Jacob Williams
Wednesday, 8th September, 2021

Extraordinary meeting postponed

Monday’s extraordinary Pembrokeshire County Council meeting (see previous blogpost) has been postponed.

Councillors are told that a new date for the September 13th meeting will be arranged “at the earliest possible opportunity,” because:

“There are a number of issues that have recently come to light which are unable to be resolved ahead of the meeting and it is essential that Members have the fullest information and be correctly advised in order to consider the matter before them.”

The cancellation must have been unexpected – as it comes less than a day after an undetailed agenda for it was published on the council’s website.

It’s still online – and contains only one of the three items a previous memo said would be up for discussion.

It recommends that councillors vote to exclude the public and press during the sole item of business, titled:

Report of the Deputy Monitoring Officer to Council – Settlement Agreement and Payment to the Former Chief Executive

“Report to follow,” is the only other detail associated with this proposed behind-closed-doors debate.

The two missing agenda items are the “Draft Statutory Officer Disciplinary Procedure” and “Monitoring Officer – interim arrangements,” as I previously outlined.


  • Malcolm Calver

    Another case of kicking it into the long grass and waiting for the ploughman to come along?

    What excuse will be put forward for excluding the press and public I wonder?

  • John Hudson

    It would appear that this council’s administrative machine has lost its legal and procedural rudder.

    How can officers report to councillors on the basis of incomplete advice?

    Yet these senior officers are responsible for putting together the annual budget for cabinet approval.

    Are we meant to have confidence in either or both? Where is the new CEO by the way?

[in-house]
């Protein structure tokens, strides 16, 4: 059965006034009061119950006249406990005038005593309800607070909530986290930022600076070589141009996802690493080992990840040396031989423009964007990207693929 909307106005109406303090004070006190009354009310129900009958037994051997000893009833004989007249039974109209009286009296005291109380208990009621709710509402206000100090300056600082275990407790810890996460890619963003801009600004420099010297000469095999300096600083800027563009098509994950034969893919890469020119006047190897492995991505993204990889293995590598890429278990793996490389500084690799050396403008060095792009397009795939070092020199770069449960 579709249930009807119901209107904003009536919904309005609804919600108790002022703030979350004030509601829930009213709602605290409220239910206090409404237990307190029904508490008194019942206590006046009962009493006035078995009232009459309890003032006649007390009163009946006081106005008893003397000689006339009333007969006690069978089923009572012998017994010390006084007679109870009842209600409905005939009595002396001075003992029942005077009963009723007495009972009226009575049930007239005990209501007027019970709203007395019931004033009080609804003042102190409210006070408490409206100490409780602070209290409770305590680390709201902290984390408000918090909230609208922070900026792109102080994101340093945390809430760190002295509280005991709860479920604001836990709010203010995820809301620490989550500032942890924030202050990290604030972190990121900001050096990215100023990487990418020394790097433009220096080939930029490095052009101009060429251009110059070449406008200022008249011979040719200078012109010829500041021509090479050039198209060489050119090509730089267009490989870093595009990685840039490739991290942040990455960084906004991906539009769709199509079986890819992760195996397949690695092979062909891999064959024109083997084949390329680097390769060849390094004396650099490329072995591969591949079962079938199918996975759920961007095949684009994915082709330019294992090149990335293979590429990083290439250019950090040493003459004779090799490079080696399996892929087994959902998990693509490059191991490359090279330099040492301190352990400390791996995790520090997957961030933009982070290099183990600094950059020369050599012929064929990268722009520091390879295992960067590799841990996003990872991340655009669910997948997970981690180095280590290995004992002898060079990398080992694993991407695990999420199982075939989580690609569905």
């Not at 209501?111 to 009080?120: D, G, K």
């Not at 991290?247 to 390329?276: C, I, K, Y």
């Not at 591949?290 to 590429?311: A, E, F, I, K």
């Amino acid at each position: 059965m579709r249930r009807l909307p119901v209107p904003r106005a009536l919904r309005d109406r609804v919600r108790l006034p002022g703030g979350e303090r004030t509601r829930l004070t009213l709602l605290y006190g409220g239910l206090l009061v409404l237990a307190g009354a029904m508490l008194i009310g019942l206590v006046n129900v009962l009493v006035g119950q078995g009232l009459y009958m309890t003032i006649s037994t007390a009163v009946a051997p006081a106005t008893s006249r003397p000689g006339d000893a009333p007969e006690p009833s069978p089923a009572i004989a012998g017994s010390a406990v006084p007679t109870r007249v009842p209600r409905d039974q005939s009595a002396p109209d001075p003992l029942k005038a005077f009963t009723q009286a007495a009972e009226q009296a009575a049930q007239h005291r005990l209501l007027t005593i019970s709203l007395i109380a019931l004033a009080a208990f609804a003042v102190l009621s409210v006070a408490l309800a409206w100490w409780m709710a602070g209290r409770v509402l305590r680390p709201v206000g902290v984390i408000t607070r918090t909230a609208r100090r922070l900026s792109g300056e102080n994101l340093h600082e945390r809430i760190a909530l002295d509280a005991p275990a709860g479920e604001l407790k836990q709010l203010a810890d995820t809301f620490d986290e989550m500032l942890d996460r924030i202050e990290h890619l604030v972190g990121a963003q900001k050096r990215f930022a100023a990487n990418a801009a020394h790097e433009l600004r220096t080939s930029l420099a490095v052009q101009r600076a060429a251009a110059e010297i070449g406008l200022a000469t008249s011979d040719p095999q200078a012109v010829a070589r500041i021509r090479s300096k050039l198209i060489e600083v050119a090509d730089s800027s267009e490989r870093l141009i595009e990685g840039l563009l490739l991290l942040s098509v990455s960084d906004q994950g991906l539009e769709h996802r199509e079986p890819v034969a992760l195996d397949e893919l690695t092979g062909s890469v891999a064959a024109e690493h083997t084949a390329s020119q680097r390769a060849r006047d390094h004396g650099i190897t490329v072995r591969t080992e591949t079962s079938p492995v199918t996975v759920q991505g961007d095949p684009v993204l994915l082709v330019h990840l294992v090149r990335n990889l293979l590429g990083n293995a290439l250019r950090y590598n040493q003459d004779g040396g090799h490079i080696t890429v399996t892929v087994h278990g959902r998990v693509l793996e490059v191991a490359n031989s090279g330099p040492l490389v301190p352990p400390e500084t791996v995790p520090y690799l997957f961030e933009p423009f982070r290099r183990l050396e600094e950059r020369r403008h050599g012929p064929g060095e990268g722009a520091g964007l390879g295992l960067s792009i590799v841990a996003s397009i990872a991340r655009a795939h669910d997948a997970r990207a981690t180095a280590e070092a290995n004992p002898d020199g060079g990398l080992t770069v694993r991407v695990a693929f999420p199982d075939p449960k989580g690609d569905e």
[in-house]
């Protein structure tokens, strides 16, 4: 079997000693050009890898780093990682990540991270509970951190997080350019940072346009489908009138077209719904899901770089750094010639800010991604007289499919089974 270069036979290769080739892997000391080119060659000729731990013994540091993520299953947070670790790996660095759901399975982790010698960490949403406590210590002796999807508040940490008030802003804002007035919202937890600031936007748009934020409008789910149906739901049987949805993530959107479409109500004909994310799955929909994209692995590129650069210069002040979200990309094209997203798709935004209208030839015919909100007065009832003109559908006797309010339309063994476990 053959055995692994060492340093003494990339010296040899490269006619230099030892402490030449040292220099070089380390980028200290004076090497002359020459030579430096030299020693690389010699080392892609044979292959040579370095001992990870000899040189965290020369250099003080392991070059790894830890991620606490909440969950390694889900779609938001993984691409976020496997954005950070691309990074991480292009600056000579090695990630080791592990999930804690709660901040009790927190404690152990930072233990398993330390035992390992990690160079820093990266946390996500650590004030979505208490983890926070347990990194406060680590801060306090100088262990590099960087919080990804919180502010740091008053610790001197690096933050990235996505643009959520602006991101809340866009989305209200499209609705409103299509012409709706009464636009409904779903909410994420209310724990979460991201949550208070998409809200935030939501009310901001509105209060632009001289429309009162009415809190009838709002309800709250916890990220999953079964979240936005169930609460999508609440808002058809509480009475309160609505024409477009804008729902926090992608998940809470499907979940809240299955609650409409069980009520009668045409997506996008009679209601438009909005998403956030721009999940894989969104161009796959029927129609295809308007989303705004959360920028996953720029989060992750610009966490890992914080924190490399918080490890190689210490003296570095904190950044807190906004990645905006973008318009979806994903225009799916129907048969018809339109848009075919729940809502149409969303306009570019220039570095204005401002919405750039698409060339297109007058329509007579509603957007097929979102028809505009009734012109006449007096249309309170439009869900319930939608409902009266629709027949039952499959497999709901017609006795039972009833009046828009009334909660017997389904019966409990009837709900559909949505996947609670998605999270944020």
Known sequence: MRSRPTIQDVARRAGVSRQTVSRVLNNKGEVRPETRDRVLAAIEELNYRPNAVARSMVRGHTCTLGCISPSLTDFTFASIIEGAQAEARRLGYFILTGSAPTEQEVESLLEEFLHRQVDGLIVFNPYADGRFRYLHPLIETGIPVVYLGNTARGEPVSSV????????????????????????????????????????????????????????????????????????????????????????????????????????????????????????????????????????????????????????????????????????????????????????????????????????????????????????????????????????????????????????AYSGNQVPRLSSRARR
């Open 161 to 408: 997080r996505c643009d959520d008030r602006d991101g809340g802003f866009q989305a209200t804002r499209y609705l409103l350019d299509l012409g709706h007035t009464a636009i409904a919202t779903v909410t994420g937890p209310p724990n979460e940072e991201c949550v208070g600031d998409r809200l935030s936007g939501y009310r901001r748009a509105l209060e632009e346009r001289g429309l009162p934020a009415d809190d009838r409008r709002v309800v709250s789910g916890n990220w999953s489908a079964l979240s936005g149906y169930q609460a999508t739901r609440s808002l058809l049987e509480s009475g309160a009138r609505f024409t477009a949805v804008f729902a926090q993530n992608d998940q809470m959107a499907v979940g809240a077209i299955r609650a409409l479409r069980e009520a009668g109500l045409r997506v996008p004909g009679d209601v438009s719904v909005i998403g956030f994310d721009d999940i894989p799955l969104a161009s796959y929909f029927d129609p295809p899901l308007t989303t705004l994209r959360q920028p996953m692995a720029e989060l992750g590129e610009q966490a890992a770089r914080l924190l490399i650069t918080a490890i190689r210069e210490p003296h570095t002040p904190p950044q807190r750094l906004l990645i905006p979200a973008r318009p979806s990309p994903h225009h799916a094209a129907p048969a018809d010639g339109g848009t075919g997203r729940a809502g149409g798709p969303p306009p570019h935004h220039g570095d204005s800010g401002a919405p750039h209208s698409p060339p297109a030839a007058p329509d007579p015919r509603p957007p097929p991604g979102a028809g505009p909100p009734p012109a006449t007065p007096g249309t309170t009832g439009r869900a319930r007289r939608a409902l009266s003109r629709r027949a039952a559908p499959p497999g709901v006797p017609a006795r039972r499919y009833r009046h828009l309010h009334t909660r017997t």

Perhaps he can instil some discipline into basic, procedural, impartial matters and ensure the advice given by officers is based on full and impartial relevant information.

  • On your last paragraph, John, I would imagine that the Audit Wales report will have a lot to say on this topic – if, indeed, a decision to award the pay-off was made on improper advice.

  • John Hudson

    Some years ago the auditor undertook to investigate contentious legal decisions of this council. I do not remember any reports.

    On cabinet day, I see that the interim chief executive took a delegated decision. This appears to amount to a published blank page.

    I would be most interested to see the precise delegated powers the interim CEO has been granted by council/cabinet, and what his decision is.

  • Arthur Arran

    Surely the agreed pay-off amount was rubber stamped by the council’s legal department? If it wasn’t, it shouldn’t have been paid. Why do I get the feeling I’ve heard this before, a few years ago?

  • James Reid

    My bet is the lawyers are involved.

    I can’t think of many officers who want it aired that they’re even worse than most of us think.

  • Wynne

    I assume the public will be aware of when the new CEO commences work as there may be tanks parked in County Hall car park!

  • John Hudson

    A while ago operational officers proposed an increase in cremation fees, where there was no limit to charges. Cabinet approved a public consultation on the strength of this advice and legal advice that the proposal was legal.

    The cabinet member, when challenged at council, admitted that the full legal implications had not been considered.

    Post consultation, new information was included in reports where increased charges had to be reasonable. Officers reported that in their view their proposed charges were reasonable. Councillors disagreed and a lower charge was approved.

    The Council still made an increased surplus out of cremation charges. Somehow, officers took this as a green light to increase an above inflation charge to separate burial charges.

    Beware, the only way to avoid surplus-making charged-for services is to not use them. Use is taken as acceptance of the charge.

  • John Hudson

    Arthur, the public record shows that the settlement agreement was signed by the leader, (under plenary powers???) on advice.

    The approval of the agreement allowed the Director of Resources to approve the expenditure under his delegated authority – in my view, only if the leader could lawfully approve the agreement. I think that the agreement needed full council approval. We shall see.

  • Flashbang

    Excluding the public and press for this discussion is not acceptable, the taxpayer and public has a right to know about all the shady deals being done in their name with their money.

  • Pembs. Exile

    When is the grass (referred to by Malcolm Calver) likely to be cut?

    Three weeks is a long time to leave it unattended!

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